Friday, March 30, 2012

A Change of the blog's subject

I've sworn off motorcycling for the time being, since the crash in Nov. 2009.

So I think I'm going to re-focus the blog on cycling.

What has happened in the past couple years? I sold the motorcycles and used the proceeds to buy a nice bicycle, a Specialized TriCross Sport in 2010. This is the long range bike that can also take a knock or two without breaking on me.

I also picked up an urban bike, a Gary Fisher Simple City 3-spd, which was stolen from the train station near where I work. I miss that bike, so I recently replaced it with a Schwinn Coffee 3-spd. I now use this for the home-end of my multi-mode commute. 1.8 miles each way. Not a huge distance, but enough to get some exercise and fresh air.

More on these bikes, including photos in the future. Posting pictures with this blog software and getting them to appear at the right place in the post has been a real pain. I'm going to try the new interface pretty soon. I hope it works with Chrome from a Mac...

Saturday, February 6, 2010

Final Blog update

Well fellas, I crashed my KLR Nov. 22, 2009. It was my fault. Went into a turn too fast. Leaned over to try to make it. Scraped pegs. Wasn't making it still. Leaned over further. Lifted the rear wheel off the ground. Low-sided, and caught the toe of my right foot on the ground. It twisted my leg and broke it in three places; spiral fracture.

Then, I went for a nice flight into the woods. My buddies took good care of me. Called my wife and the ambulance.

It has been a pretty bad couple of months since then. Two more weeks and I can start putting weight on it again. I've been on crutches ever since. (it will have been three months) I now have a metal plate that goes from my ankle to just below my knee.

This was a right turn. I'm damned lucky there was not an oncoming vehicle, or it would have been lights-out for me.

We haven't had kids yet, so I think I'll hang up my gloves, fix and sell the bikes, and maybe consider a Miata some day when we can afford it. I left the door open to resume riding when our kids are grown.

Have fun everyone, and try to keep the rubber side down. It seems to be more fun that way. ;)


Saturday, October 31, 2009

Cold weather riding.

Usually, I pack it up when it starts to get to 40°F and below. As I type this, it is hovering right around 40. This year, however, I didn't do as much riding as I would have liked. I rode my scooter quite a bit, but hardly rode a motorcycle at all until I traded the FJR for the KLR. Now, I'm enjoying riding more, but the KLR's wind & weather protection is lacking when compared to the FJR's.

So, I just placed an order at for a set of boots, cold weather gloves, and a windproof balaclava.

I've never had a proper set of cold weather riding gloves. In the past, I have made do with Gore-Tex ski gloves. They don't allow good enough finger & thumb articulation for motorcycle riding though. I'm hoping these are better, as they're motorcycle-specific. Here's to hoping!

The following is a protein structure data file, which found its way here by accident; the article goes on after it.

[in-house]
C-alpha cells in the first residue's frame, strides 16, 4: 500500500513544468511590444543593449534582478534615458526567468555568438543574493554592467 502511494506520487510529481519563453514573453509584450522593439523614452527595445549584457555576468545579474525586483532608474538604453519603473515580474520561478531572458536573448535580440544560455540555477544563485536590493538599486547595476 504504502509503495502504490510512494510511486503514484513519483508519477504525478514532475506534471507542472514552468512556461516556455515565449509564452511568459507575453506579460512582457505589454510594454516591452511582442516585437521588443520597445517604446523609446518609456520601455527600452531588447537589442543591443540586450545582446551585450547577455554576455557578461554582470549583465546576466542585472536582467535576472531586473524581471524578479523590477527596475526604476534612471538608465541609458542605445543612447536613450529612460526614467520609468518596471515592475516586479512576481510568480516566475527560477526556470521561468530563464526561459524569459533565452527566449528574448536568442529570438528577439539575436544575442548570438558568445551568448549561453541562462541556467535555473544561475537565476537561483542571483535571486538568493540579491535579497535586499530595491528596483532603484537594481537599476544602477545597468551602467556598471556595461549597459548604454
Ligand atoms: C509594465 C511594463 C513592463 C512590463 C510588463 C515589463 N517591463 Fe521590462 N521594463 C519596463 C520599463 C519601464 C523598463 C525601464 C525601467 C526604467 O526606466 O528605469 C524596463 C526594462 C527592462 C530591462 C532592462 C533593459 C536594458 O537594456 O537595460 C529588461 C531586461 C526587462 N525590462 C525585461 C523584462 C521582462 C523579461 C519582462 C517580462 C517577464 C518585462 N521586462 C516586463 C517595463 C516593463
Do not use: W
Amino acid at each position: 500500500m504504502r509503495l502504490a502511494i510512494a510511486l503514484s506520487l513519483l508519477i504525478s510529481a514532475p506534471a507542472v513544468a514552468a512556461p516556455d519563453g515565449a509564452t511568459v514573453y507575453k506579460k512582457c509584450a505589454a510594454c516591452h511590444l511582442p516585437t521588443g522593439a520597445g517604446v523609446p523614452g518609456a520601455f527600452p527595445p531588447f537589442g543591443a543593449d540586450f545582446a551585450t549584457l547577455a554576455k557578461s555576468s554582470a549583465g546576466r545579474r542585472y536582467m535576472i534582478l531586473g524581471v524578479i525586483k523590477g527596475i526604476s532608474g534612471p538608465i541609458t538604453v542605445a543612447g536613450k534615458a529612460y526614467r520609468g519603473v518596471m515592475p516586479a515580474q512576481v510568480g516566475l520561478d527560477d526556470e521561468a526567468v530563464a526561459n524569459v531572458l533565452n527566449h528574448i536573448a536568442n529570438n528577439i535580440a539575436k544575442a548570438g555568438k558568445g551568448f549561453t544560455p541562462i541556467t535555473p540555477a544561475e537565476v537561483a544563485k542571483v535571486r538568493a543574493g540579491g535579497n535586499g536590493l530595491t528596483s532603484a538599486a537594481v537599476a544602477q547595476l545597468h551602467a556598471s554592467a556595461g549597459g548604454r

I already have a set of Oxtar Matrix boots with the Gore-Tex liner. However, I bought them in size 42, which fits perfectly with thin socks. Unfortunately, cold weather riding is better done with warmer, slightly thicker socks. So these, I ordered in US Size 10 (Euro 43) and will hopefully have room for warmer socks. I also felt like it was overkill for the boots to go up so high. (these are only 3/4 height) If I'm wearing my riding pants, I'm not as worried about getting hit in the shins by rocks as I would otherwise. I think I will enjoy the better ankle flexibilty.

I'm hoping to get another month of riding in before the snow flies.

Wednesday, October 21, 2009

Finished 685cc project for Schnitz

The other day, I finished the installation of the Schnitz 685cc kit for my KLR650. After only 3,000 miles, it was burning oil. Unacceptable. I researched the issue at, and the word on the street is that Kawasaki would measure the oil loss, and if it is above a certain amount, they would re-hone the cylinder and install new rings. Pfft. Then what, it will probably start burning oil in another 3,000 miles. Also unacceptable.

The good folks at said that installing the 685cc piston kit stopped all oil-burning problems, leading me to believe that it is probably an issue with bad rings or a cylinder bored out-of round. In either case, I should be good to go. I hope so, as I really like this bike. It is quick enough to be fun, but not fast enough that I'm always speeding like crazy. (like I was on the FJR) It makes hardly any engine heat in the hot summer months. It's super-easy to work on too. The only problems so far have been the massive oil consumption and The Death Weave it exhibits if I try to take a sweeping turn at 80+ mph. I can deal with that. I've decided that if this doesn't fix the issues, I'm going to sell it as soon as it's paid-for, and get a Honda Deauville, which they're bringing to the USA next year. (it has been a hot seller in the UK for years; it is a shaft-driven, 700cc, V-twin with integrated hard bags and shaft drive)

I just finished the break-in on the new piston today, having clicked over 200 miles on the odometer. I'm supposed to change the oil & filter again now.

I'm also overdue for lubing the chain. God, I sure didn't miss this when I had a shaft-driven bike.